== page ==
I finished reading Hide and Seek a few weeks ago and didn’t take any notes whilst reading it. That was a mistake because now I come to write about it my memory of it is a bit vague. As the main point of my blog is to record what I think about the books I’ve read and to remind me of them, this is not good.
Hide and Seek is Rankin’s second book featuring Rebus. It begins with a junkie in a squat in Pilmuir, Edinburgh shrieking “Hide!” and in fear of his life. Pilmuir is a run-down housing estate, with boarded-up terraced houses, ruptured drainpipes, broken fences and missing gates. “Edinburgh’s army of squatters” had made it their den and it is here that the junkie’s body is found:
Two large candles had burnt down to the shapes of fried eggs against the bare floorboards, and between them lay the body, legs together, arms outstretched. A cross without the nails, naked from the waist up. Near the body stood a glass jar, which had once contained something as innocent as coffee, but now held a selection of disposable syringes. Putting the fix into crucifixion, Rebus thought with a guilty smile. (p196 in the compilation volume Rebus the Early Years)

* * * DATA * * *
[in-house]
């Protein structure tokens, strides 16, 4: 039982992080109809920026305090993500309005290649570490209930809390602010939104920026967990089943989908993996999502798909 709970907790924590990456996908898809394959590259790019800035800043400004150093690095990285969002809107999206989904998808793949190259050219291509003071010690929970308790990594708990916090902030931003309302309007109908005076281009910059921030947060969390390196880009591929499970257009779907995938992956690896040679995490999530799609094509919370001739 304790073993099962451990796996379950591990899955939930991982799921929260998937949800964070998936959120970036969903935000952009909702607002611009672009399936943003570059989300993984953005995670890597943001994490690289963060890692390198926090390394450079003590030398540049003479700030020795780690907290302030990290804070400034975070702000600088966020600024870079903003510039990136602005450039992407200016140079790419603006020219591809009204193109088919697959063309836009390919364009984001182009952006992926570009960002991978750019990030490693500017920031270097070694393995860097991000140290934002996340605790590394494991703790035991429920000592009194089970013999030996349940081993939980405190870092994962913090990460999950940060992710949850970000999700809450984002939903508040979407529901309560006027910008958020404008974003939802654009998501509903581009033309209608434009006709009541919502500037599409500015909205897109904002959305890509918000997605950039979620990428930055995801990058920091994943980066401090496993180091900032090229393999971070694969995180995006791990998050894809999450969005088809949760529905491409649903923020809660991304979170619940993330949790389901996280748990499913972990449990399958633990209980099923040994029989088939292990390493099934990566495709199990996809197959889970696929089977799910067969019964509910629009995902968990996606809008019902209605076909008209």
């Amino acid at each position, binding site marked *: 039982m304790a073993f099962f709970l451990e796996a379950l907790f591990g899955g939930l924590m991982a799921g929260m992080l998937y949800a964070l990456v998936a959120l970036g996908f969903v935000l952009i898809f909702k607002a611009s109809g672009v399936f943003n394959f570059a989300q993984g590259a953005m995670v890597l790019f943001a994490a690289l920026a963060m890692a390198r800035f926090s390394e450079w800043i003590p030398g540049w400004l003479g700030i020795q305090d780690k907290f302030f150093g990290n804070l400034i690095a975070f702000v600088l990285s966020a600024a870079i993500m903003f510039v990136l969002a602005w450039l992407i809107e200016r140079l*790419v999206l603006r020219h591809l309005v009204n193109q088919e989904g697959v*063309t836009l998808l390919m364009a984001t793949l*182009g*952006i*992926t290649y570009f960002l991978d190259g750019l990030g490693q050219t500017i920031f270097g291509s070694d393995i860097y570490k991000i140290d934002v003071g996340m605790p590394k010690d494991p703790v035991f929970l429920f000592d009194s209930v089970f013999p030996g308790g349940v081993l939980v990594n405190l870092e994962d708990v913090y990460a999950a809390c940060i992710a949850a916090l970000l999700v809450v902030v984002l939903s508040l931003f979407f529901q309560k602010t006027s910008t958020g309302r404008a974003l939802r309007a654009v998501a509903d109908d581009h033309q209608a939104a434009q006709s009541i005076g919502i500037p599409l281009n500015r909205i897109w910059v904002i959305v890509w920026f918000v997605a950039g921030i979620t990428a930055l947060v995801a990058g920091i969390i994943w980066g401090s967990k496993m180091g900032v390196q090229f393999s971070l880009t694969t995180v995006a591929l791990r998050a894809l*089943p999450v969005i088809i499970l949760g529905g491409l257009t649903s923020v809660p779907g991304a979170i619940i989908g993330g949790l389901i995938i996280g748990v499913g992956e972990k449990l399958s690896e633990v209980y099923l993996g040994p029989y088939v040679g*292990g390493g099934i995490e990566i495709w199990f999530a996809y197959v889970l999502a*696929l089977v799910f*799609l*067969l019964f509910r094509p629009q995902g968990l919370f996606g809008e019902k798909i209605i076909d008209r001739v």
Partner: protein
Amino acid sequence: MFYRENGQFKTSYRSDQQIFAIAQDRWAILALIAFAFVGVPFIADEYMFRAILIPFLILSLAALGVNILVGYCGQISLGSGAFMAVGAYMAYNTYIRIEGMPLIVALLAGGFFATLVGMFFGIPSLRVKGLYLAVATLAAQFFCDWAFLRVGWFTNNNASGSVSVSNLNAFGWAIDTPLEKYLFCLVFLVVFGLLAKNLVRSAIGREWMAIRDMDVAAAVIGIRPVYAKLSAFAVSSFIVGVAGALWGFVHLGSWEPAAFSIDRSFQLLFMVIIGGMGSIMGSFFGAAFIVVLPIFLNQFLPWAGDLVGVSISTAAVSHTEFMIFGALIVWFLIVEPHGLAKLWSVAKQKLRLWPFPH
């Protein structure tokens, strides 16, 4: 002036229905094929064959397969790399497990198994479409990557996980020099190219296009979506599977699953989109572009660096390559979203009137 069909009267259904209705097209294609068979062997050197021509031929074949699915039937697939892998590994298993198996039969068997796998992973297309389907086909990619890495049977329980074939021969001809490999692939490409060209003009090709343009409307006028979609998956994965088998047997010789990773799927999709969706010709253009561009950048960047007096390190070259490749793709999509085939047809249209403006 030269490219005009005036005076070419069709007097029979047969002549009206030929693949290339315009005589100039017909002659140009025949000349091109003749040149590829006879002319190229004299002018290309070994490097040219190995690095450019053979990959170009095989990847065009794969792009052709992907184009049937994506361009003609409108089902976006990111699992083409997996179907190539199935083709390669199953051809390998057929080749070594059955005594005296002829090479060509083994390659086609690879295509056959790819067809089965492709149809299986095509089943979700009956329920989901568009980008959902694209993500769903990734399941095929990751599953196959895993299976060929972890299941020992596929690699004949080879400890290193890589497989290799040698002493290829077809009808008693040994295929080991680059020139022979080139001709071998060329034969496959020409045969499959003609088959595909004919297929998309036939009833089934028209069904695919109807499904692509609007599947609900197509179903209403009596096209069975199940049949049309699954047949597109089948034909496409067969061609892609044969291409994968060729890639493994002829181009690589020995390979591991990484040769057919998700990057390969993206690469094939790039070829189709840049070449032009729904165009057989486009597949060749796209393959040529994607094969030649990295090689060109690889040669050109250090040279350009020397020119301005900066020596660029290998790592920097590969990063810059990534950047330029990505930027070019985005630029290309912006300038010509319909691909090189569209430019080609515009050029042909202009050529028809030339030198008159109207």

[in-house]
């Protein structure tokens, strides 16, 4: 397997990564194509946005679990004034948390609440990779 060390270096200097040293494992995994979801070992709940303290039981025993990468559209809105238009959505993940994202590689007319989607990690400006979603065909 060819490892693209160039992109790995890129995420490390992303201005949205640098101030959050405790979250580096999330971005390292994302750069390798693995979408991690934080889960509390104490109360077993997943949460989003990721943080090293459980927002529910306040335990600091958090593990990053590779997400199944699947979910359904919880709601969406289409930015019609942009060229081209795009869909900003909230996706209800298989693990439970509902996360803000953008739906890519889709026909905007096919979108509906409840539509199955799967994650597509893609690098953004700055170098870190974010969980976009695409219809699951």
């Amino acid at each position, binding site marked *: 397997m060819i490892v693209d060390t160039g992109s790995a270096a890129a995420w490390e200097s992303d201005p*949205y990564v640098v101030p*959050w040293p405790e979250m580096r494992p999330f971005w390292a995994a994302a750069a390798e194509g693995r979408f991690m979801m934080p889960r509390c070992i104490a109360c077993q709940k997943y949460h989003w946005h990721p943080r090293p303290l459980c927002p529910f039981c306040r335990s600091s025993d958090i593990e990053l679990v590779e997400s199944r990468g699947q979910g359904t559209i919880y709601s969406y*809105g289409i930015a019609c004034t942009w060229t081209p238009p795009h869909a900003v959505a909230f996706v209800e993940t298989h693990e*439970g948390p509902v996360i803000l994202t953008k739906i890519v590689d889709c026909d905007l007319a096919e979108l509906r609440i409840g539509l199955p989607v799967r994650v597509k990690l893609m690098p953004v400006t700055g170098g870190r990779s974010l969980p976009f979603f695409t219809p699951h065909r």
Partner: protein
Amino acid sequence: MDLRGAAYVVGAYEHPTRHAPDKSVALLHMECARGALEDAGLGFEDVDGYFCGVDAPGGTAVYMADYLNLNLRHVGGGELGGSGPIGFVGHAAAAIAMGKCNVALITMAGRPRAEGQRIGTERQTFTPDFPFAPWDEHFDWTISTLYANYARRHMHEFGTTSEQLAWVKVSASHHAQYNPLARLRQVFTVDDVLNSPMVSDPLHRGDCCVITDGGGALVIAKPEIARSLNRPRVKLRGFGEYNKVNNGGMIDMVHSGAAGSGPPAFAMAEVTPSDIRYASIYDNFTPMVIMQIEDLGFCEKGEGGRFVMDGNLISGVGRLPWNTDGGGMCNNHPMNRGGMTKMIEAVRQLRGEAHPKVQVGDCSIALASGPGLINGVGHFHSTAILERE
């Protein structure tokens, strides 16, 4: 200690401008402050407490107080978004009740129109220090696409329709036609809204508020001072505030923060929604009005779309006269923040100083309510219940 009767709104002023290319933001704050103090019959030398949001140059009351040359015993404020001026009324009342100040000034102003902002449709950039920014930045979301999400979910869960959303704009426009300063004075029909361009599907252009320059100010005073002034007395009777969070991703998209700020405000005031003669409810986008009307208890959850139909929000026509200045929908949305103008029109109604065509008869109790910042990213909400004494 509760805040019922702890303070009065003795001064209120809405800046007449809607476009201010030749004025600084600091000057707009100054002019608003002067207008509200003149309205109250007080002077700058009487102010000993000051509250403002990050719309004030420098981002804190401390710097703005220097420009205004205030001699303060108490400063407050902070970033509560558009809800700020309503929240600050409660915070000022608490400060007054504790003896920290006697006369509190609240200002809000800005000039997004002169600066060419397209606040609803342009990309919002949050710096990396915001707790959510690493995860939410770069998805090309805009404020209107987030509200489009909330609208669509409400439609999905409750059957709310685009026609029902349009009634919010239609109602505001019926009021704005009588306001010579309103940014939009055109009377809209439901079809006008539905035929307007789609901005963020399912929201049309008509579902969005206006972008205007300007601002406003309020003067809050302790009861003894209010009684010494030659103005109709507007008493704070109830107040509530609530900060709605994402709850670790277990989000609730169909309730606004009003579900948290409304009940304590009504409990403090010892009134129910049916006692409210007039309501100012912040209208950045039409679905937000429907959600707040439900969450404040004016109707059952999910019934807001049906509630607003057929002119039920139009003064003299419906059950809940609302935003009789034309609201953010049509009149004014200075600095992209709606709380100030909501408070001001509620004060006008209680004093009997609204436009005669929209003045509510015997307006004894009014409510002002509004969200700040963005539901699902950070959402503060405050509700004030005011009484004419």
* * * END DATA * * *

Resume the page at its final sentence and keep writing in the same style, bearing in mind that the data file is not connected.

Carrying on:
In Hide and Seek Rankin makes use of word-play, with puns on R L Stevenson’s Dr Jekyll and Mr Hyde and other literary references – the characters of Watson and Holmes for example. Superintendent “Farmer” Watson has assigned Rebus to help with the anti-drugs campaign, which brings him into contact with wealthy businessmen who prove to be just as evil as Mr Hyde. But this is no straight forward contrast between good and evil and Rebus himself is no angel.
It was interesting to see the development of Rebus’s character and the prickly relationship between him and Brian Holmes, a young officer Rebus ropes in to help him. Rebus treats him as a message boy, a dogsbody. Holmes is more than that and is offended when Rebus tells him he is the “one with the shoeleather”, but it is only by working together that they discover the killer’s identity.